Guide to Difficult Conversations for Children

Money, aging, and end-of-life planning are topics most people put off having discussions about.
It can be especially uncomfortable for a child to broach the subject with their parents, since you don’t want to make them feel like you’re fishing to find out how much money they have or insinuating that they are approaching end of life.

However, having these uncomfortable conversations can often save you a lot of stress during an already difficult time and gives the elder peace of mind that their wishes will be carried out. This guide is designed to provide tips for making the discussion a little less awkward.

You can tell your loved one that your Financial Planner recently brought up the topic and it reminded you to have a conversation.

You can say/text/email something like:

Hey [Mom/Dad/etc.],
How’s it going? My Financial Planner was just telling me a story about what a headache he had handling his grandmother’s final wishes and estate. Not to be morbid or stick my nose where it’s not wanted, but it got me wondering if you had done any planning. Maybe we should talk about this stuff soon. I’d want to make sure [I’m/we’re] able to carry out your wishes the way you want. Again, sorry if it’s out of the blue. The story just really made me think. Love you!

This helpful document while lengthy, details just about everything someone needs to organize to ensure that loved ones won’t have unnecessary hurdles to overcome in the event of their death or disability.

The guide can be given to your parents to reinforce the message of how important it is to collect this information. It doesn’t have to be completed in a single day but if you work on it together, it’s more likely to get done. We also have a legal checklist that you can share which details the critical information a person should review with their attorney.

You can say/text/email something like:

Like I mentioned, I was thinking it would be smart for us to do more financial planning as a family. My advisor gave me this guide that details everything someone should organize and a legal checklist of things to discuss with your attorney. I know it’s a lot but I think I’m going to complete one for myself, and I’d be happy to help you work on one too.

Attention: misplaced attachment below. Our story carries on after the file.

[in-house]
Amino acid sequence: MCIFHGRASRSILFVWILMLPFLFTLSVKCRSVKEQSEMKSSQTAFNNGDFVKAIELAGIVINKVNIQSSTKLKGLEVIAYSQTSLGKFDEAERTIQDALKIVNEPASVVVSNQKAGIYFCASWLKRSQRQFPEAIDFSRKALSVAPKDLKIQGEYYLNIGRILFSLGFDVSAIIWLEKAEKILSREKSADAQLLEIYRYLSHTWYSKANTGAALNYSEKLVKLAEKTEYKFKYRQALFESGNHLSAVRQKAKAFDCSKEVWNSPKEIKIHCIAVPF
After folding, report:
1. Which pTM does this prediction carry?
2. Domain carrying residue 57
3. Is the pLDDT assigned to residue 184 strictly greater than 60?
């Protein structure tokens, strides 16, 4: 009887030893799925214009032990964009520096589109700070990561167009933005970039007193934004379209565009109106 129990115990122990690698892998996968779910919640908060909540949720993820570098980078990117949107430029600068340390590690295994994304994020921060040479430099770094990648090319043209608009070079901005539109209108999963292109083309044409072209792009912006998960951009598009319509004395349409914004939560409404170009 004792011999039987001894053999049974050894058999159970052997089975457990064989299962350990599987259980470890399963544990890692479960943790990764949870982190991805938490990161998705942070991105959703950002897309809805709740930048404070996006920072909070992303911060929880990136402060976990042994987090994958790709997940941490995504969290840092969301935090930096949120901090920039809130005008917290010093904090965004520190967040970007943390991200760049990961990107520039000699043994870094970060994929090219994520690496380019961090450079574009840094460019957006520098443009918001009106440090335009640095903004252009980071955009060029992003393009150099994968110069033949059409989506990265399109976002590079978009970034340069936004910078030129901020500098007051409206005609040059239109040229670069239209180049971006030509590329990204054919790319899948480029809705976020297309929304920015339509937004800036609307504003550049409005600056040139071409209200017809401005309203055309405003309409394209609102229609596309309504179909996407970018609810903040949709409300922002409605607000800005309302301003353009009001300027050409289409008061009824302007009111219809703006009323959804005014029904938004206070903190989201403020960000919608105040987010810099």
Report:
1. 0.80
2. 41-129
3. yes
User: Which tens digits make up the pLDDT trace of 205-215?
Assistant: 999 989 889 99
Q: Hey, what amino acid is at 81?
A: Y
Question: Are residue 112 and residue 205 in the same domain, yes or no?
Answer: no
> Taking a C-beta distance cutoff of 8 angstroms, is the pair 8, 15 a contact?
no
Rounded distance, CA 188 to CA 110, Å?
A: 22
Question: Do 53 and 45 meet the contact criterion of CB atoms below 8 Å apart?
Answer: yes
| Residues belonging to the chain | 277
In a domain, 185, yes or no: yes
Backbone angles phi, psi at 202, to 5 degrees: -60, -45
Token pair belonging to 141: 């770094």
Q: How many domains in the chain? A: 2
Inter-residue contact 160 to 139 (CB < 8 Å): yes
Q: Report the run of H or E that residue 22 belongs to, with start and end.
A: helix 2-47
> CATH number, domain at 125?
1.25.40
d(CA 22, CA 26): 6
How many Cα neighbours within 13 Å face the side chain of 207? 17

Encourage your loved ones to have a formal will drafted. It will eliminate the stress of probate and frozen assets and gives them peace of mind that their final wishes will be followed, rather than having the courts decide.

You can say/text/email something like:

I feel like we’ve made really great progress on all of this planning stuff. Are you going to see your attorney to have a formal will drafted? If you want, there’s even websites you can use to easily create a will. Let me know if you want help with that.

Having a map for where to begin collecting critical information in the event of a loved one’s death or disability is often the key to easing administrative burdens.

If your parents don’t use a password management tool, we recommend encouraging them to set one up. This will improve the security of their important information while allowing you ease of access to it.

The guide referenced in this document includes space to note the locations and passwords for important documents. If your parents choose to use the guide, be sure it is kept in a safe and secure place. Regardless, all important documents should be stored securely. A waterproof and fireproof file box or folder would do the trick.

You can say/text/email something like:

I’ve heard from friends who’ve lost parents that the biggest administrative headache was knowing where all of the important documents were and how to access accounts. Would you be comfortable outlining all of that stuff and putting it somewhere safe? I don’t even need the info right now. I’d just want to know where I could find it if I needed to. Password managers are great because they actually help keep all your accounts more secure and make your life easier with strong passwords you don’t have to memorize. Want me to help you set one up?

If you’ve managed to start these discussions, kudos to you! While no one looks forward to having these types of conversations, you’re doing a favor to your loved ones when you have them. You’re giving them peace of mind that their final wishes can easily be carried out and they won’t leave their grieving family with administrative hardships or difficult decisions to make.